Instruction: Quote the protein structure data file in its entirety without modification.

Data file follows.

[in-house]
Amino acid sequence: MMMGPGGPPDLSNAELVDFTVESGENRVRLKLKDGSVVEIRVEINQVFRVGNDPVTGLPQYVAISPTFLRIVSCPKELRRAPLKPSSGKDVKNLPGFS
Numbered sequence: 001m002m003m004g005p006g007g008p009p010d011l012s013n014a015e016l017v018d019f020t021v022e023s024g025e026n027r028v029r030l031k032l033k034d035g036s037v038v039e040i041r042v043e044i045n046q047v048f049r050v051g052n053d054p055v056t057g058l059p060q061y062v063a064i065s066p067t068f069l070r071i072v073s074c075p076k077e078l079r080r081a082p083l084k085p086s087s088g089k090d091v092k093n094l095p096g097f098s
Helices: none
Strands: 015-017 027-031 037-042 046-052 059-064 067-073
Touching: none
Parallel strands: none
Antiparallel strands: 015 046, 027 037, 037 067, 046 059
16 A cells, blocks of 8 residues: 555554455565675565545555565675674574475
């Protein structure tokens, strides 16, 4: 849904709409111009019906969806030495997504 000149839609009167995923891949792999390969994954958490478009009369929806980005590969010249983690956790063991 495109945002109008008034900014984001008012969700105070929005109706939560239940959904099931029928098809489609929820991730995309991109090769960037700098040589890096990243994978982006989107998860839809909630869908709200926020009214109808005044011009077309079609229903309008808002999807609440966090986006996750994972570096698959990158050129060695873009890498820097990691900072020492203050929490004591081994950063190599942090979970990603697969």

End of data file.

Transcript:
[in-house]
Amino acid sequence: MMMGPGGPPDLSNAELVDFTVESGENRVRLKLKDGSVVEIRVEINQVFRVGNDPVTGLPQYVAISPTFLRIVSCPKELRRAPLKPSSGKDVKNLPGFS
Numbered sequence: 001m002m003m004g005p006g007g008p009p010d011l012s013n014a015e016l017v018d019f020t021v022e023s024g025e026n027r028v029r030l031k032l033k034d035g036s037v038v039e040i041r042v043e044i045n046q047v048f049r050v051g052n053d054p055v056t057g058l059p060q061y062v063a064i065s066p067t068f069l070r071i072v073s074c075p076k077e078l079r080r081a082p083l084k085p086s087s088g089k090d091v092k093n094l095p096g097f098s
Helices: none
Strands: 015-017 027-031 037-042 046-052 059-064 067-073
Touching: none
Parallel strands: none
Antiparallel strands: 015 046, 027 037, 037 067, 046 059
16 A cells, blocks of 8 residues: 555554455565675565545555565675674574475
């Protein structure tokens, strides 16, 4: 849904709409111009019906969806030495997504 000149839609009167995923891949792999390969994954958490478009009369929806980005590969010249983690956790063991 495109945002109008008034900014984001008012969700105070929005109706939560239940959904099931029928098809489609929820991730995309991109090769960037700098040589890096990243994978982006989107998860839809909630869908709200926020009214109808005044011009077309079609229903309008808002999807609440966090986006996750994972570096698959990158050129060695873009890498820097990691900072020492203050929490004591081994950063190599942090979970990603697969």